F1 2013 review

Matt Cuttle tries not to let his distain for Formula One cloud his judgement of F1 2013 for the Xbox 360, PS3 and PC. rated 7 out of 10
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I really don’t like F1 racing. I don’t like the cars, I don’t like the drivers, I don’t like the tracks and I certainly don’t like playing video games based around the sport so I apologise for this footage that won’t show the game being played in a very good way. If my insurance provider sees this review my premiums are bound to shoot up! However, I’ll try not to let this fact sway my review of F1 2013 so, despite my distain for the sport, I’ll rank this game on its merits.

Codemasters’ F1 series does a similar thing to a lot of sports franchises, and that is, they release a game every year with a few tweaks to make it better. With people moving around a pitch or a court, this is evident, but with a racing game, if they haven’t changed much in the actual sport, there’s not much Codies can do to make this latest game feel fresh

It’s good, then, that they’ve included a classics mode which lets you race any of five cars from the 80s across two tracks and wear a big moustache as Nigel Mansell in a Ferrari! Not only does the look change to a more sepia feel to convince us that these are races from the past, but the cars handle differently too. They’re less like spacecraft and more like machines to be wrestled into submission by men, and each of the cars from the various teams handle very differently. It’s nice to see this retro feel and you can also get the 90s pack thanks to some DLC, however it would have been nice if these modes offered more, as for me, they’re actually more interesting than driving what is basically just a computer on wheels.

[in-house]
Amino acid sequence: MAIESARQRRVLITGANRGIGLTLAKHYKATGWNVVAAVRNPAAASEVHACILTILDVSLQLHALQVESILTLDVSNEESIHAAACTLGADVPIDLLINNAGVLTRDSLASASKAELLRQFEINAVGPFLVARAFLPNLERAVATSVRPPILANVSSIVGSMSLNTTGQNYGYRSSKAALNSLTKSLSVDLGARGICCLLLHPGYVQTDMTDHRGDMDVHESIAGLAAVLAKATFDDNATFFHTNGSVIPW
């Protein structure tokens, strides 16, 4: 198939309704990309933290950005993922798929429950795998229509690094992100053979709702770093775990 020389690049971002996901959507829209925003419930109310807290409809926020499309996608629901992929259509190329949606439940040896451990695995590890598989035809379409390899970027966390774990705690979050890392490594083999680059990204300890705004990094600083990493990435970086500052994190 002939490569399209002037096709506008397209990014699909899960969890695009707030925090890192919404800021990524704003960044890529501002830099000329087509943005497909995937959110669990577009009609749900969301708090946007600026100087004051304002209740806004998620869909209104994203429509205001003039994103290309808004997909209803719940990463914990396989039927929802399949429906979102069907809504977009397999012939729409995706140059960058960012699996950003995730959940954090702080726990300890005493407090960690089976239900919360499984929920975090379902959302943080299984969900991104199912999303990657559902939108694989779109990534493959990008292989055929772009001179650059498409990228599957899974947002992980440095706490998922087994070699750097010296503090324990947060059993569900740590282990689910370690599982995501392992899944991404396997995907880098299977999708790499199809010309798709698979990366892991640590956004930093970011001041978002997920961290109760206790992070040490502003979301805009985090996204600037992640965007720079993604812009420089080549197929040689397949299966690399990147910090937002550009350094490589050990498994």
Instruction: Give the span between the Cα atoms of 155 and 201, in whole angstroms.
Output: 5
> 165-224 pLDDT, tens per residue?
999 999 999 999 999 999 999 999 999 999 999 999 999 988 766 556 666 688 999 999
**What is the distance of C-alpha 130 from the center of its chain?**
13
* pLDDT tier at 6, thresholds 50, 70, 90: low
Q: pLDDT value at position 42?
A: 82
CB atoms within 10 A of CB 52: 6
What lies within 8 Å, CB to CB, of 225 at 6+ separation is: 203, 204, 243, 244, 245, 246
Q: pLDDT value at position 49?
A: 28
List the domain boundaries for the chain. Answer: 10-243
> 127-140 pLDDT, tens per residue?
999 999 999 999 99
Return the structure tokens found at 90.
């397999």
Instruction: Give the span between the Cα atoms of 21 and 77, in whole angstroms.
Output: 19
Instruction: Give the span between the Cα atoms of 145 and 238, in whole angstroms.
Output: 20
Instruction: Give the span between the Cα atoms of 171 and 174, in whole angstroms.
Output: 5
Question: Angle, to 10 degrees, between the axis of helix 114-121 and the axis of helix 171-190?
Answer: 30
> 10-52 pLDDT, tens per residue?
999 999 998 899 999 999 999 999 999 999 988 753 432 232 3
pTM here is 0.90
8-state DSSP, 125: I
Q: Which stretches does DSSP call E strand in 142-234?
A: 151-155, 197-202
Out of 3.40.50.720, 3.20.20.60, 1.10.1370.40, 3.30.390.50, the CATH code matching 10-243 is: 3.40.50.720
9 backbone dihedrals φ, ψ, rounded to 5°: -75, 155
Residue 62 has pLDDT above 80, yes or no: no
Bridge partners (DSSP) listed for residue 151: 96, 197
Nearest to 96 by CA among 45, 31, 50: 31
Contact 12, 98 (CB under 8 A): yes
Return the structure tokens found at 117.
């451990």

As usual, the graphics, circuits and sound effects across the Grand Prix and Career modes are spot on and you can adjust your car to shave off extra milliseconds from your lap times. You’ll also incur penalties for unsportsmanlike driving or be disqualified or have time added on to your race for cutting corners. And it’s this ‘behave yourself’ attitude that bores me. It’s not really a fault of the game, more of the pitfalls of making a simulation of a sport I find to be far too clinical in the first place.

If you’re really, really into F1, you’re going to see this as an essential purchase, however, if you do have the 2012 game it’s best to consider how much you’re willing to spend on what is essentially just a new classic game mode from the 80s and updated team rosters. If the answer isn’t $40 or more, I wouldn’t bother. F1 2013 gets 7 out of 10.

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